17 November 2020
£4 million granted to improve health systems in northern Syria
The project will offer recommendations for re-building health systems in one of the worst hit regions of Syria.
A £4 million grant has been awarded to the Conflict and Health Research Group (CHRG),
in the Department of War Studies, King’s College London, for a project aimed at supporting health systems in northern Syria.
The grant, awarded by the National Institute for Health Research (NIHR), will support the work of a research consortium of partners, which has already developed extensive knowledge of health systems on the ground in Syria. Alongside the CHRG at King’s, it includes the Union of Medical Care and Relief Organisations.
The project, Research for Health Systems Strengthening in northern Syria (R4HSSS), will focus on conducting research on the state of health systems in north-west and north-east Syria, a region held by opposition forces, which has been one of the hardest hit areas by the conflict.
To date, the majority of health research concerning the war in Syria has focused on healthcare provision for Syrian refugees in neighbouring countries and in Europe. There is a stark gap in knowledge and understanding of what is happening in the country itself, and with approximately 13.2 million Syrians needing health assistance, there is a vital need for more robust systems of evidence-led healthcare practice.
The conflict of now almost 10 years, has caused a severe disruption in health services leading to a collapse of the health system in the most conflict-affected areas. Healthcare facilities and workers have also been the target of attacks and bombing, in what some have described as a ‘weaponisation’ of healthcare, with the UN estimating half of the health facilities only partially functional or destroyed. Essential services have been further disrupted by the increasing number of health professionals fleeing the country. This has left populations with limited access to services, leading to increased vulnerability to communicable diseases such as TB and polio and non-communicable diseases such as cancer.
The picture has been further complicated by the emergence of three distinctive territories in Syria now controlled by various political factions, each with their own healthcare systems, structures and mechanisms. Through on the ground research and visits to the region, researchers will explore various strategies to strengthen these emergent health systems, the way they’re impacted by ongoing conflict, and how ultimately they can be integrated into a national health system in a future post-conflict scenario.
As part of the work, researchers will analyse four key areas, including the provision of health services, health education of medical practitioners and local populations, as well as medical training, how services are financed, and how digital solutions can be used to support health information systems.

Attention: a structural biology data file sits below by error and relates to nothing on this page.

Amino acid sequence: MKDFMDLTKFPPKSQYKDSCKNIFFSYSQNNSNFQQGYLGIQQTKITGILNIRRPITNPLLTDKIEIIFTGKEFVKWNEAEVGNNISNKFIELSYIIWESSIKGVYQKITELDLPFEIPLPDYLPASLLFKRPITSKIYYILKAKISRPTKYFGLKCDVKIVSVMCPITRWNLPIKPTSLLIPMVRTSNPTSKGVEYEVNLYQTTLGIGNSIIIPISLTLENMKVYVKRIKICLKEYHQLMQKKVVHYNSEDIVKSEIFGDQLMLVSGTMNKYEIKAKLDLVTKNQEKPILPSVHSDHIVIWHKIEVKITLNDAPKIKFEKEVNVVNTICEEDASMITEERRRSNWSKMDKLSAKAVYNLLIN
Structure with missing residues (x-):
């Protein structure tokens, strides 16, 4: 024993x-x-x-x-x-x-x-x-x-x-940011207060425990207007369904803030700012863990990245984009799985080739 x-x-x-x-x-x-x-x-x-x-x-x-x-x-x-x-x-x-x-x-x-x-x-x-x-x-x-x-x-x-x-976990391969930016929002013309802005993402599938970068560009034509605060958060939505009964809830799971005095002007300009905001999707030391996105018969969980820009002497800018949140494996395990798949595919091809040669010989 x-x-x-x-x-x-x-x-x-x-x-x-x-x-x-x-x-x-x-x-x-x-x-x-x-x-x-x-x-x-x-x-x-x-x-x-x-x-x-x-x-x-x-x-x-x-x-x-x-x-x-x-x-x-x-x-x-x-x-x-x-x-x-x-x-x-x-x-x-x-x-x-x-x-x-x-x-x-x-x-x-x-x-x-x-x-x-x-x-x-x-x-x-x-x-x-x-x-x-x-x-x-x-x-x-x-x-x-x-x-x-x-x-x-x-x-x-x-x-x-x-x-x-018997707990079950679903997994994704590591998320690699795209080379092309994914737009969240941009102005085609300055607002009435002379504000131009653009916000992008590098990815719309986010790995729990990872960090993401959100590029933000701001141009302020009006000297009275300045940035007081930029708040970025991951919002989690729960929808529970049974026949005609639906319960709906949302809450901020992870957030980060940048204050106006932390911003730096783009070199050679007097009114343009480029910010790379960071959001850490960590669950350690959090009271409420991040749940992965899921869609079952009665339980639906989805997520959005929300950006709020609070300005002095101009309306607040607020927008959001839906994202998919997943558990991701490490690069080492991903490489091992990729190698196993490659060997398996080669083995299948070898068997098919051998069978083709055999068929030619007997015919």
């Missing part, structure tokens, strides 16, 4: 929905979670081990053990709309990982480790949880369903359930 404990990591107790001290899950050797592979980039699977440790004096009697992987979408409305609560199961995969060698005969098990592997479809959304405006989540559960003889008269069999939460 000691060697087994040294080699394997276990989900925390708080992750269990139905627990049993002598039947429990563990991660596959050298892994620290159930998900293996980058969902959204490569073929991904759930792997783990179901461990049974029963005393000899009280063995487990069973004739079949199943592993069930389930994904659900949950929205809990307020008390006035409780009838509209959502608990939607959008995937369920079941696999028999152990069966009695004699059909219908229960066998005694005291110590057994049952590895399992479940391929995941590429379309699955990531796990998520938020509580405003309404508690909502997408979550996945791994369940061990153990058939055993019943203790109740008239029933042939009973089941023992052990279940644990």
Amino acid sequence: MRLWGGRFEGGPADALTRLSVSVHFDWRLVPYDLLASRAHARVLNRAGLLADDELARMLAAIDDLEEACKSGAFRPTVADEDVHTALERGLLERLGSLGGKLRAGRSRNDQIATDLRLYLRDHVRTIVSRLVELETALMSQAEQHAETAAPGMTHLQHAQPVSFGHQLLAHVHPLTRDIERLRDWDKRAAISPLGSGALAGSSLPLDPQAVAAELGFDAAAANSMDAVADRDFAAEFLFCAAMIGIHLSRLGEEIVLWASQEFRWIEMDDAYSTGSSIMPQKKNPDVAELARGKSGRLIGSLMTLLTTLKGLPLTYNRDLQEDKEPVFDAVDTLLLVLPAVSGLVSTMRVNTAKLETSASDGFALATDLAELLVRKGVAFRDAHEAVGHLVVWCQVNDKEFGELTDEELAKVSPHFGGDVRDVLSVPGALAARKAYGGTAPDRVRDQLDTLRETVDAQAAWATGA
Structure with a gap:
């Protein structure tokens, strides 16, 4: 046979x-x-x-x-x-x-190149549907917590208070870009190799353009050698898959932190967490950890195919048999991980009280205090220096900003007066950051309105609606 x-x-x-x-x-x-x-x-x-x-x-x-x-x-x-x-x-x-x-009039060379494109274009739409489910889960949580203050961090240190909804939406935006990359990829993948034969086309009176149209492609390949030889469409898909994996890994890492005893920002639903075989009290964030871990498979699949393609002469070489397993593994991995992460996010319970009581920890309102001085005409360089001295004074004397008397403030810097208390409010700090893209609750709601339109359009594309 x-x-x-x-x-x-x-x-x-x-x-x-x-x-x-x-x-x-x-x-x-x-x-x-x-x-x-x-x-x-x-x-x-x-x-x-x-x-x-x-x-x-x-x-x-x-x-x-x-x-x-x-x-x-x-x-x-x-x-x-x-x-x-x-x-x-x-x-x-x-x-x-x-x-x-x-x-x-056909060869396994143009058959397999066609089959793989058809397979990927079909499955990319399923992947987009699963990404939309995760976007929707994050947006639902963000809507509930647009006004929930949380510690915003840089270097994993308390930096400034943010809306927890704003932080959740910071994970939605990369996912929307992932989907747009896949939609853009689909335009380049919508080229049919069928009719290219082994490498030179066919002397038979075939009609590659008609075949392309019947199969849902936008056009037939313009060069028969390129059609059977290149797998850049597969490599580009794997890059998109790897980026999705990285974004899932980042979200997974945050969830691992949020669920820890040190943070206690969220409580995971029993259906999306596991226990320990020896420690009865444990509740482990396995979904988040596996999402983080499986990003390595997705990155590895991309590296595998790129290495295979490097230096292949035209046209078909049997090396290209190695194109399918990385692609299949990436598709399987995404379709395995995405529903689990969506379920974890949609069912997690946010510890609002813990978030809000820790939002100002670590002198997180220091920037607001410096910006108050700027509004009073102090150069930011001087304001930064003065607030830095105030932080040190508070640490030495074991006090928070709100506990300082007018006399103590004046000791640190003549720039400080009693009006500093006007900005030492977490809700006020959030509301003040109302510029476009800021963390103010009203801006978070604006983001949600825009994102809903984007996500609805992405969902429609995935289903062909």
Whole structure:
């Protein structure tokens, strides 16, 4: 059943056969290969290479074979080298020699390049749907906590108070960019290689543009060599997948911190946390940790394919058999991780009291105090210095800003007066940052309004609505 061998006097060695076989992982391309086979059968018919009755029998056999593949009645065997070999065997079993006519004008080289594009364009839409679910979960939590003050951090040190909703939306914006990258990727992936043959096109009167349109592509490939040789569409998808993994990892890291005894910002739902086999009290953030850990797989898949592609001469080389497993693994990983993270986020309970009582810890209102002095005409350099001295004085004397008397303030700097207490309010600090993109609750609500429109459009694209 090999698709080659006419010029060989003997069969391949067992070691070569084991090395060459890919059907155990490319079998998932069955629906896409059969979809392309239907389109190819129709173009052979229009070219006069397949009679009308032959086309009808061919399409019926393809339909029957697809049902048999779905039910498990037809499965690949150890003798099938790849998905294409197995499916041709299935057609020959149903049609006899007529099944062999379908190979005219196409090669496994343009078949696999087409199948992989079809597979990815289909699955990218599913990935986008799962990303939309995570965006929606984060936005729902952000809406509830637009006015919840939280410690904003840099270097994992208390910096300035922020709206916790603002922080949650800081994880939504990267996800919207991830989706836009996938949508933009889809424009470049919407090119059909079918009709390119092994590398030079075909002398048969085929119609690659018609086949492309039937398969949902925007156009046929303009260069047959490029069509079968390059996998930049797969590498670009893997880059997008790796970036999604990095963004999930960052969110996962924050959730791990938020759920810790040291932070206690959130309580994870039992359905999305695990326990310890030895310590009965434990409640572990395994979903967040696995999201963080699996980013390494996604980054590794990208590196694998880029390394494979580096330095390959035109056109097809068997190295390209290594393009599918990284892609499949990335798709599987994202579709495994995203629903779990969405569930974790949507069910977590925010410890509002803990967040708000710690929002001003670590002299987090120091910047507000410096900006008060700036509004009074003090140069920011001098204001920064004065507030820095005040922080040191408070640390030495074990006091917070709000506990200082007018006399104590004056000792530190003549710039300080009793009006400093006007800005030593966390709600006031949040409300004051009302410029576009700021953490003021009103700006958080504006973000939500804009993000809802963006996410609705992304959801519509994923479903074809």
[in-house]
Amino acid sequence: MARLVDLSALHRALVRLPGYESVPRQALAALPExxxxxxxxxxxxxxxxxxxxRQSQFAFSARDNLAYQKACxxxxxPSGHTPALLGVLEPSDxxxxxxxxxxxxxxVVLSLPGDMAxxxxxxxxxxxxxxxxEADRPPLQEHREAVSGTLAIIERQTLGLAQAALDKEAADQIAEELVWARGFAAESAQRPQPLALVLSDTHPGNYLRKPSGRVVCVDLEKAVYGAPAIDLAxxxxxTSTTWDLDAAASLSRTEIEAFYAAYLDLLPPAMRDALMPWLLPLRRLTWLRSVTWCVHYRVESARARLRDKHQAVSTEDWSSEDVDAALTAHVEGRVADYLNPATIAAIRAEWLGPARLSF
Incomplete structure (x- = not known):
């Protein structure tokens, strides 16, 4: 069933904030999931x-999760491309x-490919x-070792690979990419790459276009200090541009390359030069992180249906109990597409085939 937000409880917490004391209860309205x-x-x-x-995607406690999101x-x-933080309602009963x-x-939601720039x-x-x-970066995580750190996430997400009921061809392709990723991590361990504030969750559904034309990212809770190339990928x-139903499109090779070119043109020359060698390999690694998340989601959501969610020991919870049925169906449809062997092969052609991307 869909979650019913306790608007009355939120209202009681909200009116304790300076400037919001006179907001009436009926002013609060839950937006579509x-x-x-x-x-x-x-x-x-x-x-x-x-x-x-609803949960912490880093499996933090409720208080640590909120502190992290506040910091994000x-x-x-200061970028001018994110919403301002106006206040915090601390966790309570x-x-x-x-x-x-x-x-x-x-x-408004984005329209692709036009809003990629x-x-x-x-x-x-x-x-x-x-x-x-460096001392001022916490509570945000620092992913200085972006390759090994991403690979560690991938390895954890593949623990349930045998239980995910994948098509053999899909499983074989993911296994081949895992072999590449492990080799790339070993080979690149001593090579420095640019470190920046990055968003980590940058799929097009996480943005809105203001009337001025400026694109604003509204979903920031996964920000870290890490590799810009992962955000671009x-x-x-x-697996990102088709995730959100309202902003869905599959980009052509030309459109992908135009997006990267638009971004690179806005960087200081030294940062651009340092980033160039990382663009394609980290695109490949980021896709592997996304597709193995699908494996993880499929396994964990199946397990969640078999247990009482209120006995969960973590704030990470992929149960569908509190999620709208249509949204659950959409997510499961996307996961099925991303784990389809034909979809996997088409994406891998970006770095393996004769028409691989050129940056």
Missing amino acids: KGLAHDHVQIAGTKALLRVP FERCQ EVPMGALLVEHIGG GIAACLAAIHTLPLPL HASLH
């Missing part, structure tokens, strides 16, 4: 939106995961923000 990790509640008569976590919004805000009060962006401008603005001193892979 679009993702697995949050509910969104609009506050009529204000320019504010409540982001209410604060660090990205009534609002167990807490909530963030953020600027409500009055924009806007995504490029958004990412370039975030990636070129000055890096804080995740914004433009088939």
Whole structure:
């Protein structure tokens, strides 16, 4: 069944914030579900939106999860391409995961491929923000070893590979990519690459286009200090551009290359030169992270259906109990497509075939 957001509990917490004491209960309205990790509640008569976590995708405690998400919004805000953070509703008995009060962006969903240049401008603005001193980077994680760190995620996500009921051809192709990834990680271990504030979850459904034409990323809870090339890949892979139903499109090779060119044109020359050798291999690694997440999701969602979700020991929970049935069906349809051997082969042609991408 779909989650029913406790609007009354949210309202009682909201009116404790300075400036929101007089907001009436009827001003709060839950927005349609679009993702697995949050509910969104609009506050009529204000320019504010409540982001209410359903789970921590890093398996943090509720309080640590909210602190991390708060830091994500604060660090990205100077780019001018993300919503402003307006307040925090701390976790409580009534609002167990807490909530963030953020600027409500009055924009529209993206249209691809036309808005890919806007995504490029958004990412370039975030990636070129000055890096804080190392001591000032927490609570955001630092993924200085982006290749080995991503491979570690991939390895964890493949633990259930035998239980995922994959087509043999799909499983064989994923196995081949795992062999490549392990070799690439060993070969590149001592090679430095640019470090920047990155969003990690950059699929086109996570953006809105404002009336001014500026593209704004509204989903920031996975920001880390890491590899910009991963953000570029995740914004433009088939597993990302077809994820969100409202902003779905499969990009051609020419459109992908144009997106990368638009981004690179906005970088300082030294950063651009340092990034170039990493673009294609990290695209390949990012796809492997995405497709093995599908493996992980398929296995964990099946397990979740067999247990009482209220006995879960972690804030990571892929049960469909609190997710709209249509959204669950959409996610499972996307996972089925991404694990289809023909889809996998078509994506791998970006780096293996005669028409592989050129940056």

The research findings will not only support and strengthen healthcare provision on the ground in Syria, they will also be used to produce a model of health system strengthening in conflict settings, which can be applied in other countries and regions affected by protracted and complex conflicts and support wider peace building initiatives. Researchers hope the recommendations they provide will also support health governance and more effective resource allocation to improve health system performance and sustainability in countries like Syria.
Dr. Abdulkarim Ekzayez, one of the co-investigators said:
“We welcome this funding from the NIHR that will help us work with partners on the ground in Syria to find solutions to the most vital humanitarian and healthcare needs in the region.
"Our programme highlights the increasing importance of valuable multidisciplinary partnerships between research institutes and humanitarian organisations in conducting health research on the ground. By working in collaboration, we hope to explore approaches that will make a difference to healthcare systems in Northern Syria, and in turn lead to improved research practices in conflict settings."
The National Institute for Health Research (NIHR) is the nation's largest funder of health and care research. The NIHR was established in 2006 to improve the health and wealth of the nation through research, and is funded by the Department of Health and Social Care. In addition to its national role, the NIHR supports applied health research for the direct and primary benefit of people in low- and middle-income countries, using UK aid from the UK government.
Researchers share expertise on Syrian healthcare at a conference
At the end of October, the research consortium including partners from the Syrian Research Group at the London School of Hygiene and Tropical Medicine, and the Syria Public Health Network, held a one-day conference Research for Health in the Syrian Conflict.
Building on the success of the previous conference in 2019, this year’s event provided a rich platform for Syrian and UK academic experts and health practitioners, Syrians working in NGOs on the ground, as well as the diaspora, to share new insight on strengthening Syrian health systems. It also enhanced existing and created potential partnerships and collaborations between academics and practitioners.
14 research papers were presented, the vast majority from Syrian diaspora and Syrians based in Syria, focusing on topics including health system governance, the impact of the COVID-19 pandemic, medical education and training, non-communicable diseases, maternal health and clinical practice.